Ross: Right. One of the operators, and I didn’t catch all the tiers unfortunately, but they have four different tiers for the levels of intensity and rigor that go around the work that they’re going to be doing, and kind of what’s required for each of those tiers.
Tier one, I caught, was templated work. Then tier four, was permitted work. In the middle, of course, they had two others, but that helped them to manage the level of effort and level of rigor for each of those different kinds of work that are going to be going through the control room.
Russel: What were some of the mechanisms that got talked about, about how they actually document, and process, and communicate to the control room around MOCs?
Ross: What I’ve seen, and I’ve heard it some at SGA, and I’ve heard it some with the folks that I work with on a regular basis, there’s two parties. One group, they use the MOC work order tool that the rest of their company uses, the field uses. But there’s also a pretty significant portion of industry control rooms that find that those tools don’t work very well for them.
I think mostly because they’re seeing MOCs and work orders that never really need to go past the control room, or the control room and their immediate support structure. There’s a challenge to meet that need, the second one. I think at the end of the day what’s really important is whatever method or means are being used, that it facilitates the conversation.
That through each of those steps all the way from the origin of the idea for the work, to the planning, to the execution, that the work itself and the risks associated with the work are being communicated to each of the different parties, and that that risk is understood and mitigated.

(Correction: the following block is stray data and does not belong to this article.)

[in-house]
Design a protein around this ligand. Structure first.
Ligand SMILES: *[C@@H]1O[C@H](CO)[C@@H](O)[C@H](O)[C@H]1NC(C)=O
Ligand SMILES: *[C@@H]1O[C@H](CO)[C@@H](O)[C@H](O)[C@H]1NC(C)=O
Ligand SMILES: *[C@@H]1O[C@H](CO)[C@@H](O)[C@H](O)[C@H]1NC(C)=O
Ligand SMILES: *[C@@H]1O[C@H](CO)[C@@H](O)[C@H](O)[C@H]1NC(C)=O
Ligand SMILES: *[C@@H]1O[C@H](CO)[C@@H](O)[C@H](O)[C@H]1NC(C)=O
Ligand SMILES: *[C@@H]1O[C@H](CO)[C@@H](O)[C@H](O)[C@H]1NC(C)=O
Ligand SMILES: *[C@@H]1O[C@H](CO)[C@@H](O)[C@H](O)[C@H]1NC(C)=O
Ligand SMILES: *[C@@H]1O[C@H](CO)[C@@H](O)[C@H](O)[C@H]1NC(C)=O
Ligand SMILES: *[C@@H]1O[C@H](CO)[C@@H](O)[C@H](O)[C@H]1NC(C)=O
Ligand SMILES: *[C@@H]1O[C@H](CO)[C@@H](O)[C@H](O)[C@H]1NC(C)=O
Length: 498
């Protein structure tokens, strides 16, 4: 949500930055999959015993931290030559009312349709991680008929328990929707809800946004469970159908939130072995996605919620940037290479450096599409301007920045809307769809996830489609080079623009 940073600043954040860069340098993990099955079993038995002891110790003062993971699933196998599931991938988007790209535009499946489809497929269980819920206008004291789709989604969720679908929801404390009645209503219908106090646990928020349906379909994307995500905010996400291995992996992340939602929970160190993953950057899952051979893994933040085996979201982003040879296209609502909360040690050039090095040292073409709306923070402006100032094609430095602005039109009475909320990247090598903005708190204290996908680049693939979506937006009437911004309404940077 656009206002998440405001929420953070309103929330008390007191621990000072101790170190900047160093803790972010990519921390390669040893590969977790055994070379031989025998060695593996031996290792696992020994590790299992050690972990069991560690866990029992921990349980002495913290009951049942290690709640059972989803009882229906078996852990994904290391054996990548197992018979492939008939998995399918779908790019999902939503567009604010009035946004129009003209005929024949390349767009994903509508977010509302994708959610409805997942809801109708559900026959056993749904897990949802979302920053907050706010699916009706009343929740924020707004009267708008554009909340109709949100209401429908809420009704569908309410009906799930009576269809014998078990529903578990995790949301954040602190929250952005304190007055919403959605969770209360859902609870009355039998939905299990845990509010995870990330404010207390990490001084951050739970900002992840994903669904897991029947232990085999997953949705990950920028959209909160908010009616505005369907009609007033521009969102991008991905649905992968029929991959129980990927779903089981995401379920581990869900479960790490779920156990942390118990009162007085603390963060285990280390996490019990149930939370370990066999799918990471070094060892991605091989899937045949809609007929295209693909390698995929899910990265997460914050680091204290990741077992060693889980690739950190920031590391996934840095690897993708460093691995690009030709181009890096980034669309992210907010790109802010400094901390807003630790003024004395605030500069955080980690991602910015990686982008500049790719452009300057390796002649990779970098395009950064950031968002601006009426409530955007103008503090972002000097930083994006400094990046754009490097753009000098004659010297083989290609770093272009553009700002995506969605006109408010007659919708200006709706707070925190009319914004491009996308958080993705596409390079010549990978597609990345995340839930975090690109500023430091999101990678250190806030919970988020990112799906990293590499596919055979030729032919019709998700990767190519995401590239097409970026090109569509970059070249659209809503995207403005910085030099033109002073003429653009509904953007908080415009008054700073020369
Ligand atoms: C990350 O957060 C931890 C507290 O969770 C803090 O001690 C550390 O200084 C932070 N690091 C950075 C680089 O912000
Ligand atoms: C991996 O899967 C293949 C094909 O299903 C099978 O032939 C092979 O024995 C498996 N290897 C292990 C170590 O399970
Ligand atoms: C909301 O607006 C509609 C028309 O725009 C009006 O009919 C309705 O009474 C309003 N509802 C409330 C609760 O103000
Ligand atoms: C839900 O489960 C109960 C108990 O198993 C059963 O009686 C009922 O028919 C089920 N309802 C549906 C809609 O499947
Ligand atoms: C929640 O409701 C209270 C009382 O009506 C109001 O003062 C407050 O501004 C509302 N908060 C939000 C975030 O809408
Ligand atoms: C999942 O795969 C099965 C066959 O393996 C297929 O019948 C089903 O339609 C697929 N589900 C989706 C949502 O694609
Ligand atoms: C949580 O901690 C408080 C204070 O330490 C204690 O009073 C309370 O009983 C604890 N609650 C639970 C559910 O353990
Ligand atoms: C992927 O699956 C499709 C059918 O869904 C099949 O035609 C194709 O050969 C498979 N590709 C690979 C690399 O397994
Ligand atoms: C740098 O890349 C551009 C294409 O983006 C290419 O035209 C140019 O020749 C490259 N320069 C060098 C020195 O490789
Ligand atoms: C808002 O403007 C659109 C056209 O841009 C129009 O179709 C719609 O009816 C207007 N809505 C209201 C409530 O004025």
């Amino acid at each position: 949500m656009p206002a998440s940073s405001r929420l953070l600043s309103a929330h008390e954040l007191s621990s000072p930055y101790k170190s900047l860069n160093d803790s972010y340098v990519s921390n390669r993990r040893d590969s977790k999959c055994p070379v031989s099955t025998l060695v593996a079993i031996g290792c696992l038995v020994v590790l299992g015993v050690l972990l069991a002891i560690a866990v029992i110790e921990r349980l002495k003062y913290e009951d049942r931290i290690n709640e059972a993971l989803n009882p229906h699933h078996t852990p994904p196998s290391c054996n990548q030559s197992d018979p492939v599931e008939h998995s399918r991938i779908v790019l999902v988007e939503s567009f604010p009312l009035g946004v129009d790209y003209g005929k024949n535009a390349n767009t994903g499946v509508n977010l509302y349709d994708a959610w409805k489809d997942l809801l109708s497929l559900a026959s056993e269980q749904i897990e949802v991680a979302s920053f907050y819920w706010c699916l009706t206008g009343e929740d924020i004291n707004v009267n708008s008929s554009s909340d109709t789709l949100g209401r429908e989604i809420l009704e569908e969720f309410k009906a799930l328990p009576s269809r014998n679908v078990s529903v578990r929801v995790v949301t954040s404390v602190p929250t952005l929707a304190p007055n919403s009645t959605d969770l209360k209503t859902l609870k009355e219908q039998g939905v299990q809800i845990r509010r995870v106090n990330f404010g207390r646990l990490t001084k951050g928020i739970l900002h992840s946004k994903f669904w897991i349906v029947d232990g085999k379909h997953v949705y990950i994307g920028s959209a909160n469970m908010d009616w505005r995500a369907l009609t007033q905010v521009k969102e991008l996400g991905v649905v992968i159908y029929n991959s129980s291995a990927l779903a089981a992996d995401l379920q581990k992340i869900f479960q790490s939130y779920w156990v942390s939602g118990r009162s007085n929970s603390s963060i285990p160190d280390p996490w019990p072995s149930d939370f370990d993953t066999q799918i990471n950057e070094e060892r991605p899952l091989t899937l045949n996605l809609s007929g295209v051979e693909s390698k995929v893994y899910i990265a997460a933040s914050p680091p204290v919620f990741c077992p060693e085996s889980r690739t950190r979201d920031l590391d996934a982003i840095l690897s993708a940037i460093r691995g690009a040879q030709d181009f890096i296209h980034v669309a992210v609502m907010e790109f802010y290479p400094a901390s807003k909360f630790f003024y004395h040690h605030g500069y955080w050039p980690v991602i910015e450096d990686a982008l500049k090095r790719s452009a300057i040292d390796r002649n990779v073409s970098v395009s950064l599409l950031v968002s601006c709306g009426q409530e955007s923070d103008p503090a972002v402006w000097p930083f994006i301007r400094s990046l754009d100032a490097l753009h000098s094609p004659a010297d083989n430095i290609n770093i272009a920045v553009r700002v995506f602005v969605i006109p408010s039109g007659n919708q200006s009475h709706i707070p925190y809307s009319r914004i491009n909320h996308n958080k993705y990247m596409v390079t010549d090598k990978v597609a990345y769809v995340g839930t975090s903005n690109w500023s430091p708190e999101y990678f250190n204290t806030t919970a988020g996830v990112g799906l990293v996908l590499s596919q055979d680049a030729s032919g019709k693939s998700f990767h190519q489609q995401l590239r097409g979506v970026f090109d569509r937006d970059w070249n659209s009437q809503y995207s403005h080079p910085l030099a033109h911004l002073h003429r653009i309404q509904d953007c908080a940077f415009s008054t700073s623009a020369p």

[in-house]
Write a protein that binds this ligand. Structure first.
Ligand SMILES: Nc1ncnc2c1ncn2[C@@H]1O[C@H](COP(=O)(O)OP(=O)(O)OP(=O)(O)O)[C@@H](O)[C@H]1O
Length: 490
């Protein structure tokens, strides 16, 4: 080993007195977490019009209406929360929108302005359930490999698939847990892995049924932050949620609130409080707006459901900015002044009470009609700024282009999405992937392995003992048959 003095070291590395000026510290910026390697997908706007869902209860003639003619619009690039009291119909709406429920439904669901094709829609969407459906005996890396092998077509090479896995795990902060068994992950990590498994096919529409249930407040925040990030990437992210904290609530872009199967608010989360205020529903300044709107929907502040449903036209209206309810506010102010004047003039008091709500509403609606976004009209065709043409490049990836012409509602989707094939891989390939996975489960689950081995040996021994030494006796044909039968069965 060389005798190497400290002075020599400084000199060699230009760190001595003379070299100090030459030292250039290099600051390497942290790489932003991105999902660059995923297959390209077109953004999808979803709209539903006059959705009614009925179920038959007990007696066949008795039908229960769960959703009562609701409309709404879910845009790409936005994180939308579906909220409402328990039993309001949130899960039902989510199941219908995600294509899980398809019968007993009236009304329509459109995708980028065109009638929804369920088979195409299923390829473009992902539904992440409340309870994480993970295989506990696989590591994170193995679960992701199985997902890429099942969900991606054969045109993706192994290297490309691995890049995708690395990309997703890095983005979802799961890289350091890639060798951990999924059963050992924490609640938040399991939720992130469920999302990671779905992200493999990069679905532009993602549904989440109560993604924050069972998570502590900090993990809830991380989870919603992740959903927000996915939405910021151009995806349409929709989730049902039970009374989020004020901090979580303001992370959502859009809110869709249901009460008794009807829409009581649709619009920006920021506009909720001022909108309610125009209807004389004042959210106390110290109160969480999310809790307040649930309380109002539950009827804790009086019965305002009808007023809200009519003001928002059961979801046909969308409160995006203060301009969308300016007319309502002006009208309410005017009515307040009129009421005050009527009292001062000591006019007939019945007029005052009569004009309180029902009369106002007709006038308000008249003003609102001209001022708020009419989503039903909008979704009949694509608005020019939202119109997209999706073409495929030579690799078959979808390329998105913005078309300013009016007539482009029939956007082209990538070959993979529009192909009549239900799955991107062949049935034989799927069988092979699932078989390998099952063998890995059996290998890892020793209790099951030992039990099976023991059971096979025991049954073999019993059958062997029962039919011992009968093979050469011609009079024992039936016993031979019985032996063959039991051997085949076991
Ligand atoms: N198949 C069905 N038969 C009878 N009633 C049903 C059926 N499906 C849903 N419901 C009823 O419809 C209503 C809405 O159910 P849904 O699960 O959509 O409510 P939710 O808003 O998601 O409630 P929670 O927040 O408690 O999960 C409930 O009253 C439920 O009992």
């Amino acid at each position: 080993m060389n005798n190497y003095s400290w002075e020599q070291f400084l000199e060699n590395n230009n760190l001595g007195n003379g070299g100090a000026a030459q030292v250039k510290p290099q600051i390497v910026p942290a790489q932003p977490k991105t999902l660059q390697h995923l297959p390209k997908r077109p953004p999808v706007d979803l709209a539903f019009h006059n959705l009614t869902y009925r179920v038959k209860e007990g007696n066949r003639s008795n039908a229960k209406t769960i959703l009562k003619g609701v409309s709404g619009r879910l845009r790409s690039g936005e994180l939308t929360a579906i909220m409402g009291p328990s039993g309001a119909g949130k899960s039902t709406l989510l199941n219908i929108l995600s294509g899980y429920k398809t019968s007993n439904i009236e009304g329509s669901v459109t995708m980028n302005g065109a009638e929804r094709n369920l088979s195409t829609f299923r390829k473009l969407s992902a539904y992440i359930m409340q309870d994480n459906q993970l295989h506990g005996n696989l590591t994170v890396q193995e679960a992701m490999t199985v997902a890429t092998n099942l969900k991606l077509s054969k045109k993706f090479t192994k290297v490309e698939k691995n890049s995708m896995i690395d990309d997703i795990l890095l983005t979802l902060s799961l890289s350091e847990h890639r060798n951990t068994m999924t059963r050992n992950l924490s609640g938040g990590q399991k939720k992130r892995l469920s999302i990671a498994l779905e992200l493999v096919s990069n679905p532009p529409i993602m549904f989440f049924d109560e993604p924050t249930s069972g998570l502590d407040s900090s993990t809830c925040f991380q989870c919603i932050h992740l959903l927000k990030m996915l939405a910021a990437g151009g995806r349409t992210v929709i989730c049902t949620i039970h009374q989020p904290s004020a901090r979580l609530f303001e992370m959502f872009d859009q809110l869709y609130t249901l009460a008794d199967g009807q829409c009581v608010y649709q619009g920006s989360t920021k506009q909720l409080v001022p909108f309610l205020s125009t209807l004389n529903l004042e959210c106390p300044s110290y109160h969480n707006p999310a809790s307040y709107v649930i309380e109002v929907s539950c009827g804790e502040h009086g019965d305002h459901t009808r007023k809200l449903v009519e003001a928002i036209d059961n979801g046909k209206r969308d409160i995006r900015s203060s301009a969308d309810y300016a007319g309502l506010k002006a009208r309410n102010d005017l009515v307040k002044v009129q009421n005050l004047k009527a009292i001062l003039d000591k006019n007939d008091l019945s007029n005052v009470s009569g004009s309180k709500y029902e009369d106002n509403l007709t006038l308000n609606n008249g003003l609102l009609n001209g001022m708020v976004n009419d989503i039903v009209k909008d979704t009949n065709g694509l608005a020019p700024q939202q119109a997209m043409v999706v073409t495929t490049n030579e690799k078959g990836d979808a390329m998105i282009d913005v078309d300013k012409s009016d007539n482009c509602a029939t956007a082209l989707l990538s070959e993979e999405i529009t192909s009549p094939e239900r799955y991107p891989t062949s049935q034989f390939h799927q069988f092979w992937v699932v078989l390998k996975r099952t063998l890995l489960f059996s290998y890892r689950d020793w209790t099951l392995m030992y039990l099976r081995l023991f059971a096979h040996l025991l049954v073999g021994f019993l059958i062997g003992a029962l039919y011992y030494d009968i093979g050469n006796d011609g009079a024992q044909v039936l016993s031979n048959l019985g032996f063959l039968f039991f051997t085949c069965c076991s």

Russel: I think the other thing that would be interesting is, was there anybody who talked about how many MOCs that they actually process within the control room?
Ross: One of the, I would say, more active operators, we’re halfway through the year, they had hit almost 500 work orders. When you talk about 1,000 work orders, that’s a lot of work. [laughs]
Russel: If you break that down, you’re going the other way, right? That’s about 100 work orders a month. It’s about 25 work orders a week. I would say, even in a small control room, one of the challenges is there’s a lot of work that’s occurring, particularly if you talk about a midstream operator that’s adding sites, and removing sites, and adding pipe and all those things. It’s a lot.
Ross: It’s no surprise that that same operator that had 500 work orders by July, is the same one that had the level of rigor that I mentioned earlier, where they’re meeting twice a week to discuss the changes that are going to be occurring, and approving those changes, and going through that whole exercise. It appears that’s by necessity.
Russel: I think probably, as you get more formality and more structure, what you’re actually going to see is you have a higher number of changes that are occurring. You’re going to capture things that might not get captured formally, as you begin to put some structure and process in place.
Things that would be, I’m just adding a meter to a screen. It’s not a big deal, which is, if all that works, templated, and it’s all based on a standard device in the field, and a standard configuration for that device, that’s a relatively straightforward thing to add it into SCADA, in terms of the time required.
I guess the point just being, there’s probably a lot more activity going on, related to change in the SCADA system than what a lot of people realize.
Ross: I think that’s right. One of the things I want to make sure we talked about, and that I’m able to communicate, is starting at the control room manager level, the ways that folks were talking about being able to communicate the change to the controllers. Ideally, your control room manager is going to be in the meetings.